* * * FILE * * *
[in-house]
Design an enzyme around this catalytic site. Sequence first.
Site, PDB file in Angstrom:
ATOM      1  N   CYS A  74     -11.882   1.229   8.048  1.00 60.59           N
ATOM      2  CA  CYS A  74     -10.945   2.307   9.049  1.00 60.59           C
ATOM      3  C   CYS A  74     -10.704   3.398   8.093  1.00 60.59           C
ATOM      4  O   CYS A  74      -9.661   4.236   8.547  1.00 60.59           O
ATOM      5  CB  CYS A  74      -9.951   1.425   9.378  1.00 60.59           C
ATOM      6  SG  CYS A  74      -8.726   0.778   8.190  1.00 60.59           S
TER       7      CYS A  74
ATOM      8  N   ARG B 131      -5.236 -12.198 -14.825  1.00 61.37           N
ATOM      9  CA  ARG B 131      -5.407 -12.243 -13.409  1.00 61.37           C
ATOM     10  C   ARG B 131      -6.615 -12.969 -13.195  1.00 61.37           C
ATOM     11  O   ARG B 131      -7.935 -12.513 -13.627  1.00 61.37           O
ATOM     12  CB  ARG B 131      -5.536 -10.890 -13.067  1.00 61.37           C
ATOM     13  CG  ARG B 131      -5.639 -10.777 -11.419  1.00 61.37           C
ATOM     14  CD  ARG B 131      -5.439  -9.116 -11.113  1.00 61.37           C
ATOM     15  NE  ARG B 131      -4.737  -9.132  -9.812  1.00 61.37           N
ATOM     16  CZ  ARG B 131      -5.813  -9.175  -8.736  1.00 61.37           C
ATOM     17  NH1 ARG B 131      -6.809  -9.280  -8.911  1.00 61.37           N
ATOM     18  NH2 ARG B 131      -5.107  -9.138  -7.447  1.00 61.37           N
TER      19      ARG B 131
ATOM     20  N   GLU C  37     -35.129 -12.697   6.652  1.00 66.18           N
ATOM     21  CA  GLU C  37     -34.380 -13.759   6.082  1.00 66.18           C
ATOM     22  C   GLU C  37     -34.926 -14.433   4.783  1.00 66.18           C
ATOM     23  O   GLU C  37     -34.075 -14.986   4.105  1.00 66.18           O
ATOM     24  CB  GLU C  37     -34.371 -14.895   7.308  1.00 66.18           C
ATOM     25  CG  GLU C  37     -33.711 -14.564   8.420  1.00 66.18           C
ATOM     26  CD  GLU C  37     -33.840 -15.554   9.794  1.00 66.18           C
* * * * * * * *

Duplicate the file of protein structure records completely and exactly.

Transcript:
[in-house]
Design an enzyme around this catalytic site. Sequence first.
Site, PDB file in Angstrom:
ATOM      1  N   CYS A  74     -11.882   1.229   8.048  1.00 60.59           N
ATOM      2  CA  CYS A  74     -10.945   2.307   9.049  1.00 60.59           C
ATOM      3  C   CYS A  74     -10.704   3.398   8.093  1.00 60.59           C
ATOM      4  O   CYS A  74      -9.661   4.236   8.547  1.00 60.59           O
ATOM      5  CB  CYS A  74      -9.951   1.425   9.378  1.00 60.59           C
ATOM      6  SG  CYS A  74      -8.726   0.778   8.190  1.00 60.59           S
TER       7      CYS A  74
ATOM      8  N   ARG B 131      -5.236 -12.198 -14.825  1.00 61.37           N
ATOM      9  CA  ARG B 131      -5.407 -12.243 -13.409  1.00 61.37           C
ATOM     10  C   ARG B 131      -6.615 -12.969 -13.195  1.00 61.37           C
ATOM     11  O   ARG B 131      -7.935 -12.513 -13.627  1.00 61.37           O
ATOM     12  CB  ARG B 131      -5.536 -10.890 -13.067  1.00 61.37           C
ATOM     13  CG  ARG B 131      -5.639 -10.777 -11.419  1.00 61.37           C
ATOM     14  CD  ARG B 131      -5.439  -9.116 -11.113  1.00 61.37           C
ATOM     15  NE  ARG B 131      -4.737  -9.132  -9.812  1.00 61.37           N
ATOM     16  CZ  ARG B 131      -5.813  -9.175  -8.736  1.00 61.37           C
ATOM     17  NH1 ARG B 131      -6.809  -9.280  -8.911  1.00 61.37           N
ATOM     18  NH2 ARG B 131      -5.107  -9.138  -7.447  1.00 61.37           N
TER      19      ARG B 131
ATOM     20  N   GLU C  37     -35.129 -12.697   6.652  1.00 66.18           N
ATOM     21  CA  GLU C  37     -34.380 -13.759   6.082  1.00 66.18           C
ATOM     22  C   GLU C  37     -34.926 -14.433   4.783  1.00 66.18           C
ATOM     23  O   GLU C  37     -34.075 -14.986   4.105  1.00 66.18           O
ATOM     24  CB  GLU C  37     -34.371 -14.895   7.308  1.00 66.18           C
ATOM     25  CG  GLU C  37     -33.711 -14.564   8.420  1.00 66.18           C
ATOM     26  CD  GLU C  37     -33.840 -15.554   9.794  1.00 66.18           C